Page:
Healthy Skin Care Tips For An Elderly Loved One That Help Reduce Dryness
Pegasus skilled in-home caregivers in Rosemead and elsewhere know that looking good is part of feeling good. Many of their senior clientele want to know how to make their skin look better. Our career home health care nurses suggest these healthy skincare tips for an elderly loved one.
Many people don’t think of skin as an organ, but that’s what it is. It is also the body’s largest organ. Skin shields the body from everything outside it.
Skin isn’t the same everywhere on the body. Some parts have thinner skin than other sites do. All skin, however, consists of three layers, as follows:
- Epidermis – top layer. The toughest layer, which includes keratin, keeps the skin from drying out. It contains the pigments that give skin its color. New cells constantly replace epidermal cells.
- Dermis – middle layer. It’s where the sweat glands, oil glands, hair follicles, nerves, blood vessels, and collagen are located. Collagen provides strength and flexibility.
- Hypodermis – bottom layer. It’s also known as subcutaneous fat. The fat insulates the body from extreme temperatures and provides padding against injuries.
Aging affects all three layers.
How Aging Affects Skin
As the years accumulate, skin becomes thinner. It no longer holds moisture efficiently. The ability of the epidermis to repair itself is slowed.
The blood supply in the dermis is impaired. The production of collagen decreases. Without collagen to keep it in place, skin sags, and wrinkles.
Fewer fat cells in the hypodermic means that skin looks less full. It also leaves skin loose and subject to more sagging and wrinkling. Cushioning is lost, leaving the skin more susceptible to injury.
Sunshine, Smoking, And Stress Ruin Skin
Few things age skin faster than the sun. Brief periods of sunshine are beneficial, especially for getting enough Vitamin D naturally. It’s excessive exposure that’s a problem.
Too much of a good thing, like sunshine, damage all parts of the body. Protection is highly recommended for young and old. Encourage your senior clientele to:
- Always wear a wide-brimmed hat, clothing that covers their limbs, and sunglasses outside.
- Avoid tanning beds.
- Stay out of the sun between 10:00 a.m. and 4:00 p.m.
- Use sunscreen with the highest SPF rating they can buy.
Sunscreens usually need to be applied half an hour before they go outside.
Your patients that smoke has likely been lectured dozens of times about how it harms their health. You may be able to appeal to their vanity by pointing out what it does to their skin. Smoking:
- Causes baggy and sagging skin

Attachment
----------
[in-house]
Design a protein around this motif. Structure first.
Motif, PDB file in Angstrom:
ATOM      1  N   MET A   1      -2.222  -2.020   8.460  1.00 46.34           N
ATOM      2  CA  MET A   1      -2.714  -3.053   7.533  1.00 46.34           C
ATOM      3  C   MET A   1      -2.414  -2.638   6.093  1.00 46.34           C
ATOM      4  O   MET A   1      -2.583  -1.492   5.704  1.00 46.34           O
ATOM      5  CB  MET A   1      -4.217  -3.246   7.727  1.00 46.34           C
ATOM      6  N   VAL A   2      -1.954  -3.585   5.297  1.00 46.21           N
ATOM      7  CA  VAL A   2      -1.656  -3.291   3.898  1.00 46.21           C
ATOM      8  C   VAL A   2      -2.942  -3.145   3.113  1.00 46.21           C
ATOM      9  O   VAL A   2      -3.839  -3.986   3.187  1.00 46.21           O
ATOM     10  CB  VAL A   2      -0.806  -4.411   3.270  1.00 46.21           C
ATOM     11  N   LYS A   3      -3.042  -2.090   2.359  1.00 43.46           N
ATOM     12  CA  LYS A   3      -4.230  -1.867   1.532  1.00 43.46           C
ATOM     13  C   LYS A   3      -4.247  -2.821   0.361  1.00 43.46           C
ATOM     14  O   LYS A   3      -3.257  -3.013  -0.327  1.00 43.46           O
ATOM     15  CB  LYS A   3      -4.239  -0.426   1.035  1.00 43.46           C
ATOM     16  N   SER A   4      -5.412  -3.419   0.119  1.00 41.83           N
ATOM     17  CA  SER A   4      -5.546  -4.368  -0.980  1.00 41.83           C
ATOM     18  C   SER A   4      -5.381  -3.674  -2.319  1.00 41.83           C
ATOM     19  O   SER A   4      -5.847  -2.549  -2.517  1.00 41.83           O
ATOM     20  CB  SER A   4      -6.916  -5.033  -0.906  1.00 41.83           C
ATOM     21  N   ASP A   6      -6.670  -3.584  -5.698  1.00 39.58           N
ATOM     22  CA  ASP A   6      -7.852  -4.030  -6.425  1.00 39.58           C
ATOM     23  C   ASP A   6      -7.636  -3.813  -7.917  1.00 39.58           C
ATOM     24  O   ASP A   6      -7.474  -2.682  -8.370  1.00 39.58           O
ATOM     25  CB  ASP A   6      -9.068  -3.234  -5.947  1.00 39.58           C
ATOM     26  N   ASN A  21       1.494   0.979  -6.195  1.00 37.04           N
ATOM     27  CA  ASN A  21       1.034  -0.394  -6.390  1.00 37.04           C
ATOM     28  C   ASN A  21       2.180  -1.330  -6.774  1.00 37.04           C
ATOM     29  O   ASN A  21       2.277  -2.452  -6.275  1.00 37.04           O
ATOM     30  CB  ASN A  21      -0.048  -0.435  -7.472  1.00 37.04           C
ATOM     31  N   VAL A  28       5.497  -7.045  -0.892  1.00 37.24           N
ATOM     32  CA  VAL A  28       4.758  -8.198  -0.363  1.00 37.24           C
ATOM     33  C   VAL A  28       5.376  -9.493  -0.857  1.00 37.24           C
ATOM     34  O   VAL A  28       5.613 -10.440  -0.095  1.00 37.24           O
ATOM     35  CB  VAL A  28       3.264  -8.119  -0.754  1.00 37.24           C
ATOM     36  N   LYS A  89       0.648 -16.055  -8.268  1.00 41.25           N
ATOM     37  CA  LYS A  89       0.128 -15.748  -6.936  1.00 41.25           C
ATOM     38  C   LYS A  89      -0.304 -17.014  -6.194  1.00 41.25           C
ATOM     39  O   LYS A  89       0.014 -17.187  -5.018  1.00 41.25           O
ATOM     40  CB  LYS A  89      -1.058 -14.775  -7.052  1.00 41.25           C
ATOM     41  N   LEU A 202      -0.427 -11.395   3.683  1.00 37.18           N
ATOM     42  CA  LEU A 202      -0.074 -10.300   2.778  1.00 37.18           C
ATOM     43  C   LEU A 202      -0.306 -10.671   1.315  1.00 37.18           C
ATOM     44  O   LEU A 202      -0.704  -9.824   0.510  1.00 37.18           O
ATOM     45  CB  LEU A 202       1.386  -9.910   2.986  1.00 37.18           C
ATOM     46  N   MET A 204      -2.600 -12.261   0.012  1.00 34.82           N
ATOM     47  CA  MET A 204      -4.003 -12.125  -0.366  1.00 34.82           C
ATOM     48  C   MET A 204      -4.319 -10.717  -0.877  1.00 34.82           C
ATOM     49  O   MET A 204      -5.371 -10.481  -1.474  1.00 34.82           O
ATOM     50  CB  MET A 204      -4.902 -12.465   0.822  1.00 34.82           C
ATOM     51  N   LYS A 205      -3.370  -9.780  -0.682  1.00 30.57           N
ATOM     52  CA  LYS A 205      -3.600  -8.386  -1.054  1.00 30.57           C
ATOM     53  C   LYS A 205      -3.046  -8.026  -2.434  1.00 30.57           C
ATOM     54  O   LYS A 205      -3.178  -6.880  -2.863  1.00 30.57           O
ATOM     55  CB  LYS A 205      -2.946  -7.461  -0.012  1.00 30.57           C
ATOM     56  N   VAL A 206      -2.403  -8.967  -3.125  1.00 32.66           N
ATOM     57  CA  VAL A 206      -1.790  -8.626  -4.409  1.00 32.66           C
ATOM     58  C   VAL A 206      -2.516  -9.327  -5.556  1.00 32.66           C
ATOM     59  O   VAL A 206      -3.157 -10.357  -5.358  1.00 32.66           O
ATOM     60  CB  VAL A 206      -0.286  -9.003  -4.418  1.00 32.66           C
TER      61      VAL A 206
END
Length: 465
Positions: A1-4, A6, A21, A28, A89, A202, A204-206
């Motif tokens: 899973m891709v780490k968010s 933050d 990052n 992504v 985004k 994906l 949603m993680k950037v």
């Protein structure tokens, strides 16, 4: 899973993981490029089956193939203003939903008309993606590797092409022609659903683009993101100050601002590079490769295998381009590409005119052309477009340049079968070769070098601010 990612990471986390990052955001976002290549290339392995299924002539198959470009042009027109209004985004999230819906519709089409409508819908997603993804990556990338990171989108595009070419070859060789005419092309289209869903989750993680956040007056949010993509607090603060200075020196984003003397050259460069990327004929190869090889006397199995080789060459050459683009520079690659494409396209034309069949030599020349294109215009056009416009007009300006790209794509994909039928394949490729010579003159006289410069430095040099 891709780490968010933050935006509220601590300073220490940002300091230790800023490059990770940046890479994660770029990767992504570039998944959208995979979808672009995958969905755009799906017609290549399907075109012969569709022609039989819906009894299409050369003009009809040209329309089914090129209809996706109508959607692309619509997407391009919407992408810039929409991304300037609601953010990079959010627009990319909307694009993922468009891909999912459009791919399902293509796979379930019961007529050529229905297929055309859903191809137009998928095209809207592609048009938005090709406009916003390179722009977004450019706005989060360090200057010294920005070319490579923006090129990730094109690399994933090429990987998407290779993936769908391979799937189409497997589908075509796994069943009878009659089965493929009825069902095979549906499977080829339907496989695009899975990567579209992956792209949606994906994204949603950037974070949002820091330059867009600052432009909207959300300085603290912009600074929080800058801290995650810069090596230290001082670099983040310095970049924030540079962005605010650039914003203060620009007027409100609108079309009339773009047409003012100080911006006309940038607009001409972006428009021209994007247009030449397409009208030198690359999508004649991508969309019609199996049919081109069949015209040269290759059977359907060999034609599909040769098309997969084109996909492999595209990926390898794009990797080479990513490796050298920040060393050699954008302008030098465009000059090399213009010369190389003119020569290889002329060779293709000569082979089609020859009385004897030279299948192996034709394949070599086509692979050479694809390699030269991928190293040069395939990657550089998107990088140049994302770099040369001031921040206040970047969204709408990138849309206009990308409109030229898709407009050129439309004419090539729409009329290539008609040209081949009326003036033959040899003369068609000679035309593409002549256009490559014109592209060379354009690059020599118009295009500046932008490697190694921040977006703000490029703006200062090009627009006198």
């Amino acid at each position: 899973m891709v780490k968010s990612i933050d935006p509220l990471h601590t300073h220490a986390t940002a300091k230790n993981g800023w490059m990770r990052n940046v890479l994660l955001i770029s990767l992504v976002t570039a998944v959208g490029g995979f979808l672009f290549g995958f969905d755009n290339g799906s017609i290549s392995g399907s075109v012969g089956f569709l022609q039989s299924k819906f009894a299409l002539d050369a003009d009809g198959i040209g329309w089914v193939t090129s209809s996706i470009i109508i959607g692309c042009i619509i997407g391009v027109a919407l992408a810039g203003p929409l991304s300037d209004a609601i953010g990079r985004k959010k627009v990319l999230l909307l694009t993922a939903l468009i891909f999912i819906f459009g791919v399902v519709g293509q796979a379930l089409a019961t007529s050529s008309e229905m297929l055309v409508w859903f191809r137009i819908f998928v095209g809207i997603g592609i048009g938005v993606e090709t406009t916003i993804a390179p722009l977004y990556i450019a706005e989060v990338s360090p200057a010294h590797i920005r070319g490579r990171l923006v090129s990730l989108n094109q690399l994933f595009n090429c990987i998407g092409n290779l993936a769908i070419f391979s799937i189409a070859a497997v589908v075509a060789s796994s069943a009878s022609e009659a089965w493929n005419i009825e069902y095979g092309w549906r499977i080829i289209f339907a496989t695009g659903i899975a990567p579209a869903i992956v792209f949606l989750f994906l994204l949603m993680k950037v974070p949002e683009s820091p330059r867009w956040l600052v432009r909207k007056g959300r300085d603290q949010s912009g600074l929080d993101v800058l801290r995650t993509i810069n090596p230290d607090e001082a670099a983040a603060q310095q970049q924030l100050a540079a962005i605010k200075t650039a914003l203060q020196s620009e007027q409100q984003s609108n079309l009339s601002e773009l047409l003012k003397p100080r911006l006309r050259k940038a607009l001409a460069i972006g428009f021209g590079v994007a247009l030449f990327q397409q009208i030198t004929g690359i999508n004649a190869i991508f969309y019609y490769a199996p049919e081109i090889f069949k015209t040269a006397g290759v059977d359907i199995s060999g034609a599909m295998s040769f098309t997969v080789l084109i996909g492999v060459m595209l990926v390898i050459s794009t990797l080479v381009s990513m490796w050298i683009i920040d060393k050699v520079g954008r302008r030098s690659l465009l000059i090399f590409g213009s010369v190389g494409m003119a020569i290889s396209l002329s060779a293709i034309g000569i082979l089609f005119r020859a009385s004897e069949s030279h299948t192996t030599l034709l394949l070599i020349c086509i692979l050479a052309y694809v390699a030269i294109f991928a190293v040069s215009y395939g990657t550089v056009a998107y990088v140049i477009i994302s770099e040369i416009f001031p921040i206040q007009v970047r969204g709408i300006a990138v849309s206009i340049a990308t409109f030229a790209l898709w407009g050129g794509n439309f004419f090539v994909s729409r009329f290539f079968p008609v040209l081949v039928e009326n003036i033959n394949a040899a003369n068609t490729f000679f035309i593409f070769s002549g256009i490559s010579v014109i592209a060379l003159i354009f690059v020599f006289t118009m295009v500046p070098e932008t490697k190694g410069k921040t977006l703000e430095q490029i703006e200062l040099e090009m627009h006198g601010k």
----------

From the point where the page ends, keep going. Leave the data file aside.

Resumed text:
- Dries and coarsens skin
- Increases wrinkling and skin furrows
- Makes their facial blood vessels protrude
- Turns skin color grayish or yellowish
Help them get enrolled in a smoking cessation program.
Another factor in maintaining healthy skin is keeping stress levels low. Your patients may have worries about finances, health, family, among other concerns. Chronic or excessive stress can create sensitive skin.
It also weakens their immune system and harms their physical and mental health. They probably know this and worry anyway. Present stress management techniques as a way to maintain the appearance of their skin.
Keeping Skin Moisturized Is Essential
Skin dries as people age. That makes preserving natural moisture crucial. They can start by taking brief showers–less than ten minutes–in warm, not hot water. Gentle soaps or body washes are best.
As soon as they are out of the shower or tub, they should apply moisturizer. They may need one kind for their body and a different type for their face. Suggest that they use moisturizers that include ingredients such as:
- Dimethicone – helps seal moisture in
- Glycerin – helps attract moisture to hydrate skin
- Hyaluronic acid – hydrates and heals skin
- Mineral oil – reduces moisture loss and softens skin
They can choose from creams, lotions, or ointments. If the air inside the home is dry, suggest that they use a humidifier.
Exfoliants help remove dead skin cells. Dozens of OTC products are available. Seniors should choose gentle formulas and use them periodically rather than daily.
Diet might not come to mind immediately when thinking about skincare. But how individuals look is affected by what they eat. Essentially, the foods that are good for their health are good for their skin.
That includes fruits and vegetables and excludes sugar and saturated fats. Poor food choices contribute to dryness and wrinkles. Remind seniors to drink plenty of water to help keep their skin hydrated.
Some individuals apply retinol, which is most effective if use is started when they’re young. It increases collagen and thereby reduces wrinkles and lines. The skin develops a glow.
Retinol is available OTC and by prescription. If your patient has severe skin problems, refer them to a dermatologist for an evaluation and prescription. If they buy an OTC product, ensure that it is compatible with any medicines they are taking.
Pegasus is a licensed Home Care Organization and a Joint Commission Accredited Home Health Care organization. Our healthcare professionals in Rosemead and our other locations offer all levels of assistance, including skincare. In-home health care nurses who choose careers with us are dedicated to customized service that fits individual needs.